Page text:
FMEA is the acronym for Failure Mode and Effects Analysis. Why is it important?
Issues and defects are an integral part of the system development lifecycle of any product. Bugs arise in later development stages, as well as initial stages. There is no guaranteed methodology to ensure that a product will launch with zero bugs and changes. Customers’ high expectations lead to even more changes in the future if planning is not carried out.
The majority of the flaws and bugs in any product or service are detected in later stages of development via extensive testing and by using predictive models. Unfortunately, uncovering and finding out bugs at such a later stage can prove extremely costly in some products. As a result, this can add delays to product launches and substantial costs.
Companies must use a model that helps them develop and design reliability and quality from the very start of a product. For example, there is a tool called failure mode and effects analysis (FMEA).
The Basics of Failure Mode and Effects Analysis (FEMA)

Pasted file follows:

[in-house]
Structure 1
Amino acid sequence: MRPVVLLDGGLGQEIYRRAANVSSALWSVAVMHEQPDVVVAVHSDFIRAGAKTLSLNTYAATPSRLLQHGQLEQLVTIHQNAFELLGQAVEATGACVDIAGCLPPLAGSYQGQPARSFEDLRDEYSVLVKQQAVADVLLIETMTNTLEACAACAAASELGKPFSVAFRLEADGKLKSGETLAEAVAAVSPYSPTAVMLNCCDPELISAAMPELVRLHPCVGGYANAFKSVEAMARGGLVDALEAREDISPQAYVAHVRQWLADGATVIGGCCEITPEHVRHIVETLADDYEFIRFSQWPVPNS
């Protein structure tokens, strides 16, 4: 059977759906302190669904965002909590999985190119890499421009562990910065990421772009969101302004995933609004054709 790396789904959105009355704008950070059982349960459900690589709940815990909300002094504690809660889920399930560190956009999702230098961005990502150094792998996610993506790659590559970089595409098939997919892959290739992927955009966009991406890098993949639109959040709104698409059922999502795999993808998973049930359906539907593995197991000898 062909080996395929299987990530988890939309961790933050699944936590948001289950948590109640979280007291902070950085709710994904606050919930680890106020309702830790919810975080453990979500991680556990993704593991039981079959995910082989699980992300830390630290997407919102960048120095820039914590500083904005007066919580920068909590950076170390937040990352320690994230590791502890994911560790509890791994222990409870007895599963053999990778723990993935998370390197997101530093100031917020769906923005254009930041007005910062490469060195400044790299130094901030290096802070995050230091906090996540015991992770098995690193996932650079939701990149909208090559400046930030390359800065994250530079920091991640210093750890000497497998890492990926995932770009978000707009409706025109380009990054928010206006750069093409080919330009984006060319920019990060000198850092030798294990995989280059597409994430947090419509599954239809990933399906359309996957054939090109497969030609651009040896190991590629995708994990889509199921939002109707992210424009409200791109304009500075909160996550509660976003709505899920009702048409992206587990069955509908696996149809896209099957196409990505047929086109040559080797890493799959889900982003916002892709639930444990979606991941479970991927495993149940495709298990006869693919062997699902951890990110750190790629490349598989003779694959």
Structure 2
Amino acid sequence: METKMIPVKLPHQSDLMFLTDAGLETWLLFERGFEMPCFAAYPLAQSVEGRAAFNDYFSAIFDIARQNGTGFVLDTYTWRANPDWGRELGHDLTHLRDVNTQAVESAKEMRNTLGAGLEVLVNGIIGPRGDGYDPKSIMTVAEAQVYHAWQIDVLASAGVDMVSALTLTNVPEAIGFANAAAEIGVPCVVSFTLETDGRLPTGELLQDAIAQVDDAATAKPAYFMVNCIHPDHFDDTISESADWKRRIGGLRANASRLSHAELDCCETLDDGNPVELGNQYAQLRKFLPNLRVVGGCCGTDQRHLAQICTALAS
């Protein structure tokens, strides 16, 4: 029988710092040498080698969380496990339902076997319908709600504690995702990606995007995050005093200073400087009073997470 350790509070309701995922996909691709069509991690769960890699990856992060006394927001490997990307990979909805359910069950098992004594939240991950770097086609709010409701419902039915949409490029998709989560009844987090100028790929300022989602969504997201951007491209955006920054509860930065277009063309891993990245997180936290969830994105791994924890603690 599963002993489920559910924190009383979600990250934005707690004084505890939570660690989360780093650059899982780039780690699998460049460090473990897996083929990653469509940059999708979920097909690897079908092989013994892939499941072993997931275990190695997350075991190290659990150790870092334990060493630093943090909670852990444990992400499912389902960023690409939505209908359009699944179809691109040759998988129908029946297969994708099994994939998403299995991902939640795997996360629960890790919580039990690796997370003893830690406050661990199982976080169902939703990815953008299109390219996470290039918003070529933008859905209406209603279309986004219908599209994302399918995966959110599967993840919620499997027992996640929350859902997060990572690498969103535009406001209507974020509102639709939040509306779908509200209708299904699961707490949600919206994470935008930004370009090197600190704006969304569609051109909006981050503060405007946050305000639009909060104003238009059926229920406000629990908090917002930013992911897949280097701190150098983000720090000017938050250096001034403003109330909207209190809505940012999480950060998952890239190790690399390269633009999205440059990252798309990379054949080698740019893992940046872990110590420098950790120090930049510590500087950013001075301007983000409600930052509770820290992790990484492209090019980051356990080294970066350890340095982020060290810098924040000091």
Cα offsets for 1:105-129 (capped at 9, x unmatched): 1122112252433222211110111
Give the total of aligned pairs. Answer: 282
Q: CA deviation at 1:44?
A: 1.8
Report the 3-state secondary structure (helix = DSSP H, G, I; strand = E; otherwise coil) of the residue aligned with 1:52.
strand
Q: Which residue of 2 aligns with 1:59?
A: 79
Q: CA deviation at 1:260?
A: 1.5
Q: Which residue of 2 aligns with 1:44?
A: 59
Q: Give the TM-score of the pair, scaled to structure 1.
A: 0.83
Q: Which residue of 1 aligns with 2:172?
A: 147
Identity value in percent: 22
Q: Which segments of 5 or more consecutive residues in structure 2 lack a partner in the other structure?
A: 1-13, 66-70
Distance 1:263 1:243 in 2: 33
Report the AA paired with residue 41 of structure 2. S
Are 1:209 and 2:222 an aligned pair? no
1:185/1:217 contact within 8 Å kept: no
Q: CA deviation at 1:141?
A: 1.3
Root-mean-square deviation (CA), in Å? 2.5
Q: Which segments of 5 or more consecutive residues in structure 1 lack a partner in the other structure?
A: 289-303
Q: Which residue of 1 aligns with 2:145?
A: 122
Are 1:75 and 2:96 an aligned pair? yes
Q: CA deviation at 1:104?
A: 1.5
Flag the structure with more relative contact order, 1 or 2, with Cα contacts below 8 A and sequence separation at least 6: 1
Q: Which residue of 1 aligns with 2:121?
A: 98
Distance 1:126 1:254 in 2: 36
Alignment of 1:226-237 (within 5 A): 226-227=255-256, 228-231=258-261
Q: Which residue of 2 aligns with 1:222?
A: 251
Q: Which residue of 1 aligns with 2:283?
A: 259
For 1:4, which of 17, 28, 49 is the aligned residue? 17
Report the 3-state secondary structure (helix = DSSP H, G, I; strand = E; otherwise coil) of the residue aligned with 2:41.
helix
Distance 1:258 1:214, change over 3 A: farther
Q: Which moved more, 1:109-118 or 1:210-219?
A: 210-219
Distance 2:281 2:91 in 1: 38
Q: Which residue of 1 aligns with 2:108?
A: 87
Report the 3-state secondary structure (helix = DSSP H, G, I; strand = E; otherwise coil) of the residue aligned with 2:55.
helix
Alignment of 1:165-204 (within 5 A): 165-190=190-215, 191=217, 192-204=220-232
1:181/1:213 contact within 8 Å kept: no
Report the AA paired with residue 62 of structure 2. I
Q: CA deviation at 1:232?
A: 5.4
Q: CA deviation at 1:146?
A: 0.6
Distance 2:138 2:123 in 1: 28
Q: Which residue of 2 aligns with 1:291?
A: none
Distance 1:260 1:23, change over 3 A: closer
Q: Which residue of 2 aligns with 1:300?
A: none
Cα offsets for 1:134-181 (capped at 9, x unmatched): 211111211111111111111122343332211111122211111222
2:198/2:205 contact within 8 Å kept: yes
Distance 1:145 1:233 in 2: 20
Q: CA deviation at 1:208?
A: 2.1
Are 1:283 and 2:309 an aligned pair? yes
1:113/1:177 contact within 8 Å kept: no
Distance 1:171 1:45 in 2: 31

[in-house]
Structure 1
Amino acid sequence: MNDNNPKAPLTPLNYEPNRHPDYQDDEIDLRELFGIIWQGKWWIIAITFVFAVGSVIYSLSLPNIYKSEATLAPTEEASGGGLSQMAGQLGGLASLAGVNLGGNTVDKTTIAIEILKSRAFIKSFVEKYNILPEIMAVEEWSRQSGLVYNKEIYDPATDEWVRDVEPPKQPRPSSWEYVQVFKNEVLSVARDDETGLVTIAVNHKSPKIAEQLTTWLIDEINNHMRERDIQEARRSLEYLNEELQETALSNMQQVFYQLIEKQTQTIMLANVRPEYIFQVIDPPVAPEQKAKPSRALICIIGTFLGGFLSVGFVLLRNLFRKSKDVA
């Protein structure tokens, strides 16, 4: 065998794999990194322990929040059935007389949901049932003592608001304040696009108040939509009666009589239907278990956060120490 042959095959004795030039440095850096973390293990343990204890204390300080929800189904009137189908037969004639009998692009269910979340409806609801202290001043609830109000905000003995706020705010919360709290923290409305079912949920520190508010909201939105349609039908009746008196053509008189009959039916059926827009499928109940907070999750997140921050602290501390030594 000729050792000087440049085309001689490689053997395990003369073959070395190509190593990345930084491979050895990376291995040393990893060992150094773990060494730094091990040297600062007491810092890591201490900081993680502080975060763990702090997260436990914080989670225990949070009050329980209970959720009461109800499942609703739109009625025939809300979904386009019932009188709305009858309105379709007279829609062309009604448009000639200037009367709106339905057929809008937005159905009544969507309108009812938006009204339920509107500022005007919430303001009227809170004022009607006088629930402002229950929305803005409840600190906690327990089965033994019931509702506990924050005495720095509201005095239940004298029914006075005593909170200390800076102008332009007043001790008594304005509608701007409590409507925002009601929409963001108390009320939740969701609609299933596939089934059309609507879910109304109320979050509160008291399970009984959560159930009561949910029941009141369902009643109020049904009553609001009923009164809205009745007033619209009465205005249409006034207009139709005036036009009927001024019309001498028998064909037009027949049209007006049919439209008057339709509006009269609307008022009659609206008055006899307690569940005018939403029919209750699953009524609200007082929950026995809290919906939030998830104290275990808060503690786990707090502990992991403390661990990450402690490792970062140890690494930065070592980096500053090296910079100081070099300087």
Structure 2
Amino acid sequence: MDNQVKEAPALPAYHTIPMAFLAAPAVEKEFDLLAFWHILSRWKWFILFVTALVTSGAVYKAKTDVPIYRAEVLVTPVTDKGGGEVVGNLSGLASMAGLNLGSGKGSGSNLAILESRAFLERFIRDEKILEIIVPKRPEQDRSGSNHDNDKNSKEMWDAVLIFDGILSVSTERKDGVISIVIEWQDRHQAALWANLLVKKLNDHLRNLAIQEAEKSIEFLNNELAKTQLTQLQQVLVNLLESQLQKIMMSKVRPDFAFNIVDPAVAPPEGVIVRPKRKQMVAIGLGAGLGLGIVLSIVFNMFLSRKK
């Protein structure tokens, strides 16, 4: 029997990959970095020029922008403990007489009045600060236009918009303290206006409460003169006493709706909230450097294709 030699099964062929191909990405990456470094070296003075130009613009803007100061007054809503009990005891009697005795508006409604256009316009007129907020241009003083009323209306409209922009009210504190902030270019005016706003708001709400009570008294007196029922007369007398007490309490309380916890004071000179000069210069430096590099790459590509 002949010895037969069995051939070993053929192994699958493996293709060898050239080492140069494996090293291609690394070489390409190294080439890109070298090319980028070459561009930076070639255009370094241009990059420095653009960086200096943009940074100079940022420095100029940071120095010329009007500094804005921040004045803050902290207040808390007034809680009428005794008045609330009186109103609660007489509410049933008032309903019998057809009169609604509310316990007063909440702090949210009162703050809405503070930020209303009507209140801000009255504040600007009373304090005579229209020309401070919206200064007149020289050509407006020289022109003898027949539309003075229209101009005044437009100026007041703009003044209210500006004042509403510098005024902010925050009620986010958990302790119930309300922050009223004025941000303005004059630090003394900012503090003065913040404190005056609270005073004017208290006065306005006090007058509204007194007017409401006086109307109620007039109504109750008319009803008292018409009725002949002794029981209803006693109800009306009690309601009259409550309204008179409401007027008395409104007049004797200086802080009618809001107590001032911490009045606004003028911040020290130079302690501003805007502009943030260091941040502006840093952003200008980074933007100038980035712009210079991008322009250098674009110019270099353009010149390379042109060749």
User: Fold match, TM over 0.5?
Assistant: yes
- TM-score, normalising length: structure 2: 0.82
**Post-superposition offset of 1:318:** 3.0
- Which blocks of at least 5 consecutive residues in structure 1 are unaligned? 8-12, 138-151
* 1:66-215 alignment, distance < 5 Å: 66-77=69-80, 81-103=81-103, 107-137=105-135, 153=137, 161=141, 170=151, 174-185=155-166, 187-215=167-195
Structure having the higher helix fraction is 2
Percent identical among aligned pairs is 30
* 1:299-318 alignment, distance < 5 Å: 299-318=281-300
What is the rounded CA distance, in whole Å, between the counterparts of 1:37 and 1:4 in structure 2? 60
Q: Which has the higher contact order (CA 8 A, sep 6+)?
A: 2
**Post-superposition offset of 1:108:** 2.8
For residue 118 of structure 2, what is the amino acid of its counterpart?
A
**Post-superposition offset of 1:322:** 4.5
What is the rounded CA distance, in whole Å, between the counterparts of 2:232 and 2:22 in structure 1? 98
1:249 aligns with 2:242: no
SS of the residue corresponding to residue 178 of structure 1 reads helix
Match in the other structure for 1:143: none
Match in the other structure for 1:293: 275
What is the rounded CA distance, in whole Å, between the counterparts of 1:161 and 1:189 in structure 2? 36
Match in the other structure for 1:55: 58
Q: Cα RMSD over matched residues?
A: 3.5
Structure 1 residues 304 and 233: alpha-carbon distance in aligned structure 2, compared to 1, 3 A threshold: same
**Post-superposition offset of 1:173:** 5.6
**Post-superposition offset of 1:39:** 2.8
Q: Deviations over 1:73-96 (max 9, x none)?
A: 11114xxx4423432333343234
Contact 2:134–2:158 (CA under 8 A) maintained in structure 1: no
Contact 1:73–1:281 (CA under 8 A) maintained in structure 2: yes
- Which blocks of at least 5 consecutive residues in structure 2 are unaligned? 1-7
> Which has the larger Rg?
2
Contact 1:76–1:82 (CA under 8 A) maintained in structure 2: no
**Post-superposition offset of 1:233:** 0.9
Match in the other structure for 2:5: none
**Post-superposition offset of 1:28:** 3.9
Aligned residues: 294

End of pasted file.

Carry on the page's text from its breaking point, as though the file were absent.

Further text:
The Failure Mode and Effects Analysis (FMEA) is a systematic and qualitative tool for analyzing a process to uncover flaws in a system at an early stage. This tool helps answer how and why a product or service might fail. FMEA also helps assess the relative impacts of a failure, which helps identify which parts of the product are the most in need of a change.
FMEA is typically created within a spreadsheet to help the practitioners answer what can go wrong with a process. The last thing FMEA answers is the possible causes of failure and the probability of detecting failures before they occur.
FMEA – In a nutshell
FMEA reviews the following:
- All the steps in a process
- Failure modes (What can go wrong)
- Failure causes (Why did a failure happen)
- Failure effects (What is the consequence of a failure)
- The severity of the impact on a customer
- How frequent a problem occurs
- How easy or difficult it is to detect
When to use the concept?
The Failure Mode and Effects Analysis (FMEA) can be used in the following use cases:
- When an already existing service, process, or product is being applied in a new manner
- When a product, process, or service is being redesigned
- It is used periodically throughout the life cycle of the service, product, or process
- When you need to analyze and uncover possible failures of an existing product, service, or process
- Before you develop control plans for a modified or new process